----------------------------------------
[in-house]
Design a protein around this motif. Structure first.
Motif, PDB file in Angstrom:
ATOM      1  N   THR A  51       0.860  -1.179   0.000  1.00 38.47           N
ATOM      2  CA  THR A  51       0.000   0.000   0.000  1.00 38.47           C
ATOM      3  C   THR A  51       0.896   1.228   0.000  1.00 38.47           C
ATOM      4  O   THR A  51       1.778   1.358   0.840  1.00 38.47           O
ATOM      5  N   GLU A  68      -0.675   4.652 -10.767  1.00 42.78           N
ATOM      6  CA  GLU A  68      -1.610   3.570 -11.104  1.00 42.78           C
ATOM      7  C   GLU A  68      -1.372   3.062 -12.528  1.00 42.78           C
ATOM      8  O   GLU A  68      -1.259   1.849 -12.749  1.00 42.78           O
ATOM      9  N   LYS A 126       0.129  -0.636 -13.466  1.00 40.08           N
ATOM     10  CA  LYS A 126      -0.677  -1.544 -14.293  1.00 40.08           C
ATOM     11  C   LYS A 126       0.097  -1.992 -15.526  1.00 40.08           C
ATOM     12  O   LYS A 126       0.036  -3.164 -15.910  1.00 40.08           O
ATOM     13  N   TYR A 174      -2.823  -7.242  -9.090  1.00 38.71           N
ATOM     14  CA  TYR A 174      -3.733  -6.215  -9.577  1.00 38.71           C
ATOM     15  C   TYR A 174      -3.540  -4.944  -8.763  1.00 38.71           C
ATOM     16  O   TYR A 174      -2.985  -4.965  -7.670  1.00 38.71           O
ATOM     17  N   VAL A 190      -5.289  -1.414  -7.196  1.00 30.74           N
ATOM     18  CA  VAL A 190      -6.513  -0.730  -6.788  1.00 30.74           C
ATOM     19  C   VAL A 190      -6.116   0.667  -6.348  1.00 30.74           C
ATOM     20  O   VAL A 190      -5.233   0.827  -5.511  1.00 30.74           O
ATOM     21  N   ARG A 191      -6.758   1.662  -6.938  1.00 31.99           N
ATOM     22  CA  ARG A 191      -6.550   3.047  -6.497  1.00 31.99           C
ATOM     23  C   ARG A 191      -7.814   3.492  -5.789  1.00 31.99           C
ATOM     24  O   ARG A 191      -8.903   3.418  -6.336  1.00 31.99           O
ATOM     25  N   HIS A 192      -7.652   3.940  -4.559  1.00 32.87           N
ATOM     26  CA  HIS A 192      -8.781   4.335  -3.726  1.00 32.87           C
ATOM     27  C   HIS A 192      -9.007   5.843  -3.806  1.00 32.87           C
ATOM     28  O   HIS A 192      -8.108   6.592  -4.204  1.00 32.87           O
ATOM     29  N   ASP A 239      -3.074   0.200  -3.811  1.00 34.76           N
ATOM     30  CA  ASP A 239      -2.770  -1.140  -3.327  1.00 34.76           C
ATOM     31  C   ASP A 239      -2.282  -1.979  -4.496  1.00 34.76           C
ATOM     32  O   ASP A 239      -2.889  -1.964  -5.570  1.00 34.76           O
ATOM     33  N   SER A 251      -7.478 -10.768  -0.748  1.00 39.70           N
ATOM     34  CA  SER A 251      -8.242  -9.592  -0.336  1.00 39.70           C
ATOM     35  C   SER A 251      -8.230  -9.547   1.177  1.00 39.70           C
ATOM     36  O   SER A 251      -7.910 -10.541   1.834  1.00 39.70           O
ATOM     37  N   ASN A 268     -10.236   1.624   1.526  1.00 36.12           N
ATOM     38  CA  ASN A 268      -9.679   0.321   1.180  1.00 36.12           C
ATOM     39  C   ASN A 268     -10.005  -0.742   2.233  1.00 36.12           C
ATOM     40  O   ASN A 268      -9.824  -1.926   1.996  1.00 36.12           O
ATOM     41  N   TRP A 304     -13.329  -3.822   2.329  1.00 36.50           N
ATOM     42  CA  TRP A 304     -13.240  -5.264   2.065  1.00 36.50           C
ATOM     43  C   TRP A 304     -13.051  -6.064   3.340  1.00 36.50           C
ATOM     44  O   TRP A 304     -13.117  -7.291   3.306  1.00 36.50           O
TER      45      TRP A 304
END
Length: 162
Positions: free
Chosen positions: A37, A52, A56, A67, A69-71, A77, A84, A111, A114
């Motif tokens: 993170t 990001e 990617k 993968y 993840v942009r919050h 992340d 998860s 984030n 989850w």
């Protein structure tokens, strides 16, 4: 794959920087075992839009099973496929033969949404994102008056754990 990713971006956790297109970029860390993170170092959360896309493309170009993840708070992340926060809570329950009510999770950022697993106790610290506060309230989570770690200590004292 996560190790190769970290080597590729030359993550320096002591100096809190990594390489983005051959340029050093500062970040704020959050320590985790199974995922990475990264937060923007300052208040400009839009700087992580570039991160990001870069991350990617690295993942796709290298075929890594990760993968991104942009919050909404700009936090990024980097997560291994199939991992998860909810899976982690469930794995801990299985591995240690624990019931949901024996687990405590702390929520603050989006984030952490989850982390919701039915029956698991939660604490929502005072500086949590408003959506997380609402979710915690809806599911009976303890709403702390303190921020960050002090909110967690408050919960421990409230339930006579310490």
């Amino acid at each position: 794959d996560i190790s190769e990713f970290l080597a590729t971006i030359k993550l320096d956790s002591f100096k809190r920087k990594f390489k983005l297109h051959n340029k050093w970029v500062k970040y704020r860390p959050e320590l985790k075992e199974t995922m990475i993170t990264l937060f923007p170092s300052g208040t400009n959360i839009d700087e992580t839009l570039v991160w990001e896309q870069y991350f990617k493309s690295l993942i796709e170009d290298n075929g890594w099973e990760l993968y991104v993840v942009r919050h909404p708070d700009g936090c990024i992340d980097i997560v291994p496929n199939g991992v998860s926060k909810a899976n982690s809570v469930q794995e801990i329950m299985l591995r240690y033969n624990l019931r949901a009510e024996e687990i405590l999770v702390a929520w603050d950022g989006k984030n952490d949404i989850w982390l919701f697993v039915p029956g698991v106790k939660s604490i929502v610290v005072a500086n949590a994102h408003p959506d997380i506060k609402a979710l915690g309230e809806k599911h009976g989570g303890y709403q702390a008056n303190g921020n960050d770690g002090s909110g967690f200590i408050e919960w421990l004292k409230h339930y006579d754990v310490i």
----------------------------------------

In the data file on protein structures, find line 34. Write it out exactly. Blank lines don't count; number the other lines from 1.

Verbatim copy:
ATOM     31  C   ASP A 239      -2.282  -1.979  -4.496  1.00 34.76           C